Driving with a Goat

Though most animals are accepted in the Sunshine State, goats are definitely discriminated against. In Florida, it is unlawful to transport a goat in the back of a vehicle, unless it is confined in a space that prevents said animal from falling, jumping, or being thrown from the vehicle. 

While this law makes way more sense for larger animals (we’re thinking horses or cows), the state is fixated on the goat for reasons that are still not entirely clear. 

It’s worth noting that this law is in place to prevent accidents caused by loose animals on the road. You may be wondering why target goats? In Florida, we’ve learned, when you see an odd law on the books, sometimes it is best not to do a deep internet dive to find the origins because theres usually a wild story involving “a Florida man” behind the law.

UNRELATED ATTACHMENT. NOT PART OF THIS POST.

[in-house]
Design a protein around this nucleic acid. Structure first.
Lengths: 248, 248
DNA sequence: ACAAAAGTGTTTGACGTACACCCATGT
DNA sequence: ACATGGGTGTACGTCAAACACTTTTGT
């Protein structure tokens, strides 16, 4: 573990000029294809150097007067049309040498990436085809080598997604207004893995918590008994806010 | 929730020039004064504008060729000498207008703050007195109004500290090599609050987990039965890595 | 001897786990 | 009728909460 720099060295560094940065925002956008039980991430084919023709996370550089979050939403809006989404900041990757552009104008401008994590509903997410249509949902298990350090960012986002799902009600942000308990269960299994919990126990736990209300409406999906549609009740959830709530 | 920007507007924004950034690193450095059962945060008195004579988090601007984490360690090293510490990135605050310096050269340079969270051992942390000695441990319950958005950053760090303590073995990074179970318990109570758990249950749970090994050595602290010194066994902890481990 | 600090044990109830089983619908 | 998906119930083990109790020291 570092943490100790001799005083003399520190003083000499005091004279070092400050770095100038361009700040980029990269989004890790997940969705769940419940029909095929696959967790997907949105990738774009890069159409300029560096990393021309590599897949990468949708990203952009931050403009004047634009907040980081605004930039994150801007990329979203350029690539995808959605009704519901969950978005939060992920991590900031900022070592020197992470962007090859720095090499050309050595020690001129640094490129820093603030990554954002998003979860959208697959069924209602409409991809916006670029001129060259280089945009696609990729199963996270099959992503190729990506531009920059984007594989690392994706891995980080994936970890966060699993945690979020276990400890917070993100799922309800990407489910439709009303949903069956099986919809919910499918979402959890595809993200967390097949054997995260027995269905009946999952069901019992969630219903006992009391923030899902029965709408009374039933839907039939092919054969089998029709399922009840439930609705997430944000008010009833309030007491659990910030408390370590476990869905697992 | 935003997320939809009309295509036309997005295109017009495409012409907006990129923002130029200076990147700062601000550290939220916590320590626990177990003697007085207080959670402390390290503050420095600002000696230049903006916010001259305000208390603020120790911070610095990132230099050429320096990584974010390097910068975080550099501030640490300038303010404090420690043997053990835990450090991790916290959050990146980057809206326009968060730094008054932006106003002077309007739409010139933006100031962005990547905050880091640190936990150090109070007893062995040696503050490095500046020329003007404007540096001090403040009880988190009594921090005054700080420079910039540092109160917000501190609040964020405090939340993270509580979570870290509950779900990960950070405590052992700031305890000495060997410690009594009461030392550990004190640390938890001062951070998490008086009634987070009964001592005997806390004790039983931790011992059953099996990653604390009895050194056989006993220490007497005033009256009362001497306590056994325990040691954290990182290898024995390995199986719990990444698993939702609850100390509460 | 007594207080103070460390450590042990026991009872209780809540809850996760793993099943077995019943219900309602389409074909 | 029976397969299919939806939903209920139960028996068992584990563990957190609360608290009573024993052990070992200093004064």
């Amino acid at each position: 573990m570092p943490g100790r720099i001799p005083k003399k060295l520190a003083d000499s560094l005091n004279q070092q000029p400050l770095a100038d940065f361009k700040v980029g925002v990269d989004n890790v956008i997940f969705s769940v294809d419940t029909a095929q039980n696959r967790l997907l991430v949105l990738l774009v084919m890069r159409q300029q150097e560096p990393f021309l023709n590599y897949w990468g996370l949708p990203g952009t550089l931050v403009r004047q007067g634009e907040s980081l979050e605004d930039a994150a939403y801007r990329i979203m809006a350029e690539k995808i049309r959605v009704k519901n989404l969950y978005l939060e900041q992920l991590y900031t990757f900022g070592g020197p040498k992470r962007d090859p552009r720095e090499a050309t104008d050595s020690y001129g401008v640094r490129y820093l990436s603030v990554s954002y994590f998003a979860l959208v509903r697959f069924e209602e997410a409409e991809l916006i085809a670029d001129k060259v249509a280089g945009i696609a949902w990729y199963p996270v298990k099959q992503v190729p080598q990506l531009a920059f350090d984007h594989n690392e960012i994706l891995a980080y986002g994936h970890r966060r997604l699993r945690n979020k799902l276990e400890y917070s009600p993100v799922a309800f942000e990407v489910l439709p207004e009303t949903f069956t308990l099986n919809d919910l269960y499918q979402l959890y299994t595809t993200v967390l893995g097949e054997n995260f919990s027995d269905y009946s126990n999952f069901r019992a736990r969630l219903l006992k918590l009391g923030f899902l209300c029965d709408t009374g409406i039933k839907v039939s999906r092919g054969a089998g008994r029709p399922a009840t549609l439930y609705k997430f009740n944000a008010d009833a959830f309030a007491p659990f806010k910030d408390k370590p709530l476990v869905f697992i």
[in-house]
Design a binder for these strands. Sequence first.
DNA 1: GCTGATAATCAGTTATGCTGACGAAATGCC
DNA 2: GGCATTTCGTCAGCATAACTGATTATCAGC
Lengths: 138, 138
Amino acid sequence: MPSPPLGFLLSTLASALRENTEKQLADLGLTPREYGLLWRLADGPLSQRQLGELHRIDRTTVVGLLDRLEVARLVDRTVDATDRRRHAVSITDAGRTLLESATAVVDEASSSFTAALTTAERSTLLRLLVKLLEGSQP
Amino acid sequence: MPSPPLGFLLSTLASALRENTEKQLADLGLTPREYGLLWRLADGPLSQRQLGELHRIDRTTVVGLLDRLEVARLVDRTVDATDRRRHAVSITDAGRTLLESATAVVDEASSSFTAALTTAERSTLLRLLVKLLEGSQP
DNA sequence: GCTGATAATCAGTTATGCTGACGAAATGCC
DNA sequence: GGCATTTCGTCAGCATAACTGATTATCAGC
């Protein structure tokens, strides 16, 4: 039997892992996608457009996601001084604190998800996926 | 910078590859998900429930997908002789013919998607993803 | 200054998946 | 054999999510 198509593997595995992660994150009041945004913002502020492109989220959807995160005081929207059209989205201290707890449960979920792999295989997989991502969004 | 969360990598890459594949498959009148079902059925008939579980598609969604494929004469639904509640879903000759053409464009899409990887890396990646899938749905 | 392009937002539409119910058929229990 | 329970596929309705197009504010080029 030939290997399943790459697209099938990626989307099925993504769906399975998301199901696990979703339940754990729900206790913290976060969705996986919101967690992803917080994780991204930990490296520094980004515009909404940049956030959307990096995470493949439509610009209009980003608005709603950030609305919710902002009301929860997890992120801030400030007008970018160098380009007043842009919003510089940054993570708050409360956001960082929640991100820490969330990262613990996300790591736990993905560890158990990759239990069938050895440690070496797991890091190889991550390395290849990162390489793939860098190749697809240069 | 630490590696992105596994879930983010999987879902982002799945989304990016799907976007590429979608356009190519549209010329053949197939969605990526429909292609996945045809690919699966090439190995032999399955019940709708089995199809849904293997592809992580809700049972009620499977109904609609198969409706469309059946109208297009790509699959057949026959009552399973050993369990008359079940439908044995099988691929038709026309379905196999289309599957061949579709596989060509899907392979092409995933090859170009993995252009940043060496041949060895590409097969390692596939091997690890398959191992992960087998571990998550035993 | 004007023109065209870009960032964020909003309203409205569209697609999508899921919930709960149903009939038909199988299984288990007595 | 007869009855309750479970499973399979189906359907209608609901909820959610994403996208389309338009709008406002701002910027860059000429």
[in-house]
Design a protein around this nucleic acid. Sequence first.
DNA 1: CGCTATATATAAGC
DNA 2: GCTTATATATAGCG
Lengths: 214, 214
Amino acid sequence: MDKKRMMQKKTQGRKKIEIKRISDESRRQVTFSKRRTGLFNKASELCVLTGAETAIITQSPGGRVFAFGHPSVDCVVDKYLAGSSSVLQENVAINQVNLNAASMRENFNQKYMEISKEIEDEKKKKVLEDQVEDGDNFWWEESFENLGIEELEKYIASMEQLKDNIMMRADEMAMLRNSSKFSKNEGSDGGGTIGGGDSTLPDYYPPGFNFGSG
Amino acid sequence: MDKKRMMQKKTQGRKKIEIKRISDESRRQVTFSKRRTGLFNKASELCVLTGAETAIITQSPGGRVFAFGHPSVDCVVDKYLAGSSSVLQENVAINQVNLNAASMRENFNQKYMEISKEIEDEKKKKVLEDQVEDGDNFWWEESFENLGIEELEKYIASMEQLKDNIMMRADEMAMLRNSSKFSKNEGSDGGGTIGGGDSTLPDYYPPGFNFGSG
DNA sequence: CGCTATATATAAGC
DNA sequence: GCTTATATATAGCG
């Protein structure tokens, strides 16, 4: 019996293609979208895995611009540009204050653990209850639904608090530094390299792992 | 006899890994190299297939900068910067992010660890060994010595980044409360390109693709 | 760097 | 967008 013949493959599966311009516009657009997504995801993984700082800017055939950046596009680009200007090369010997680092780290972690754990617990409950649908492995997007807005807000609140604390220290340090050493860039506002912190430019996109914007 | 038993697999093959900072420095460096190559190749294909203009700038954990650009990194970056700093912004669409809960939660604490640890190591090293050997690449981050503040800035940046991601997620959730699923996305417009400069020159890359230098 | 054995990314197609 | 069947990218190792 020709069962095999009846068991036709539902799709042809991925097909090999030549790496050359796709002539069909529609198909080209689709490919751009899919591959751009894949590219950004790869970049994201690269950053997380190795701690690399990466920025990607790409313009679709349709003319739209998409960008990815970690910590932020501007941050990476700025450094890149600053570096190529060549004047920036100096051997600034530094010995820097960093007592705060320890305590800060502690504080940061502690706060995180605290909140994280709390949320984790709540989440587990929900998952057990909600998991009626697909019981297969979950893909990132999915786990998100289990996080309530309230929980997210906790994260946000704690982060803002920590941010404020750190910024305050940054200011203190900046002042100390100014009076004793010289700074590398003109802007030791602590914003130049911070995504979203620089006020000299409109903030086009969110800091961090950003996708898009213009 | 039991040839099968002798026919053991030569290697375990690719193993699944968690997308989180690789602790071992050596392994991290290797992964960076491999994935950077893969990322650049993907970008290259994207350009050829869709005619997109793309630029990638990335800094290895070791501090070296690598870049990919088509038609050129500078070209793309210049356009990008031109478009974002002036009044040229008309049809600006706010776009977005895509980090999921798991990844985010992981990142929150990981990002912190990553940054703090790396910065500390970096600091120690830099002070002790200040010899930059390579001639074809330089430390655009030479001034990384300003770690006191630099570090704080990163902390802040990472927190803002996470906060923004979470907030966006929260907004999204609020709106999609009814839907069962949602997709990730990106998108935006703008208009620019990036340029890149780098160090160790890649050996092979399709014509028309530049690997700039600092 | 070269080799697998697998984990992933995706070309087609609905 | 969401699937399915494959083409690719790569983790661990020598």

Playing Football in the Street 

Sure, the Tampa Bay Buccaneers are in a rebuilding year. And the Miami Dolphins’ future depends on Tua’s so-so health situation. But, our state really seems to dislike football. 

In some Florida cities, it is illegal to play the sport in the street. This law is in place to prevent accidents caused by children playing in the road. Especially, to keep people from wearing rival NFL jerseys in the streets (only half-kidding). 

While this law may seem silly, it’s important to note that playing in the street can be pretty dangerous, especially if there is heavy traffic. It also saves the state from paying for more of those “Slow Children At Play” signs. If you violate this law, you could be issued a citation and fined. 

If you’re interested in any more of these laws (that weren’t mentioned here), head to the Florida Department of Highway Safety and Motor Vehicles website for a comprehensive list.